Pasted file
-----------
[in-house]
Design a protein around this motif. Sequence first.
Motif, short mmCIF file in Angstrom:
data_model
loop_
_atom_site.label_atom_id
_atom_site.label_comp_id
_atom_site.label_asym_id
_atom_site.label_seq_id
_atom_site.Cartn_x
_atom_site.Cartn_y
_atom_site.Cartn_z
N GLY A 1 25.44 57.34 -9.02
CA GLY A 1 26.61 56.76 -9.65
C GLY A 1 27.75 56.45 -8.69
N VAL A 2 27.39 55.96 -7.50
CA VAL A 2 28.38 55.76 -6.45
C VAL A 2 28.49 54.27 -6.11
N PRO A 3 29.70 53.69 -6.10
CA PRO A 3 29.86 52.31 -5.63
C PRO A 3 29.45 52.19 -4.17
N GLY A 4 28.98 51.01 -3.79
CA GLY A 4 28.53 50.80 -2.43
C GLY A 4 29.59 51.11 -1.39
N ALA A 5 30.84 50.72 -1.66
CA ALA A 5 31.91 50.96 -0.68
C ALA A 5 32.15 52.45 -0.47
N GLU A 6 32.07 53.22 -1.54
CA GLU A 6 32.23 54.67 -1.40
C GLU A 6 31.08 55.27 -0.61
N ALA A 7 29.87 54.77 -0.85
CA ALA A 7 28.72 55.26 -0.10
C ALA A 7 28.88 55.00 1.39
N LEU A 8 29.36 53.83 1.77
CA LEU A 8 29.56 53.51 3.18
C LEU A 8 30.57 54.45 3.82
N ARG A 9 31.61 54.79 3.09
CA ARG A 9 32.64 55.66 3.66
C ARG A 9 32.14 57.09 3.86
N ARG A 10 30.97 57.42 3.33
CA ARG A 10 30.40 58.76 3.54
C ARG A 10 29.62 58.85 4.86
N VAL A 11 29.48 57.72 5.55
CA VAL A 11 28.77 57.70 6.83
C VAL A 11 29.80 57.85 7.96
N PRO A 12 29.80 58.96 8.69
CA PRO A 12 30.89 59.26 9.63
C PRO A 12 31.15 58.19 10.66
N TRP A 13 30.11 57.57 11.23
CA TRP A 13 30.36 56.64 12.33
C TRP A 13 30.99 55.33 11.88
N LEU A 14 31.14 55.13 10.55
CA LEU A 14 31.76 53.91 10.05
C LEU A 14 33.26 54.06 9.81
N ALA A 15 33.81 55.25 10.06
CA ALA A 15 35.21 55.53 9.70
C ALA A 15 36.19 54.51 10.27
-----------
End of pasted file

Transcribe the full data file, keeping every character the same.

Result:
[in-house]
Design a protein around this motif. Sequence first.
Motif, short mmCIF file in Angstrom:
data_model
loop_
_atom_site.label_atom_id
_atom_site.label_comp_id
_atom_site.label_asym_id
_atom_site.label_seq_id
_atom_site.Cartn_x
_atom_site.Cartn_y
_atom_site.Cartn_z
N GLY A 1 25.44 57.34 -9.02
CA GLY A 1 26.61 56.76 -9.65
C GLY A 1 27.75 56.45 -8.69
N VAL A 2 27.39 55.96 -7.50
CA VAL A 2 28.38 55.76 -6.45
C VAL A 2 28.49 54.27 -6.11
N PRO A 3 29.70 53.69 -6.10
CA PRO A 3 29.86 52.31 -5.63
C PRO A 3 29.45 52.19 -4.17
N GLY A 4 28.98 51.01 -3.79
CA GLY A 4 28.53 50.80 -2.43
C GLY A 4 29.59 51.11 -1.39
N ALA A 5 30.84 50.72 -1.66
CA ALA A 5 31.91 50.96 -0.68
C ALA A 5 32.15 52.45 -0.47
N GLU A 6 32.07 53.22 -1.54
CA GLU A 6 32.23 54.67 -1.40
C GLU A 6 31.08 55.27 -0.61
N ALA A 7 29.87 54.77 -0.85
CA ALA A 7 28.72 55.26 -0.10
C ALA A 7 28.88 55.00 1.39
N LEU A 8 29.36 53.83 1.77
CA LEU A 8 29.56 53.51 3.18
C LEU A 8 30.57 54.45 3.82
N ARG A 9 31.61 54.79 3.09
CA ARG A 9 32.64 55.66 3.66
C ARG A 9 32.14 57.09 3.86
N ARG A 10 30.97 57.42 3.33
CA ARG A 10 30.40 58.76 3.54
C ARG A 10 29.62 58.85 4.86
N VAL A 11 29.48 57.72 5.55
CA VAL A 11 28.77 57.70 6.83
C VAL A 11 29.80 57.85 7.96
N PRO A 12 29.80 58.96 8.69
CA PRO A 12 30.89 59.26 9.63
C PRO A 12 31.15 58.19 10.66
N TRP A 13 30.11 57.57 11.23
CA TRP A 13 30.36 56.64 12.33
C TRP A 13 30.99 55.33 11.88
N LEU A 14 31.14 55.13 10.55
CA LEU A 14 31.76 53.91 10.05
C LEU A 14 33.26 54.06 9.81
N ALA A 15 33.81 55.25 10.06
CA ALA A 15 35.21 55.53 9.70
C ALA A 15 36.19 54.51 10.27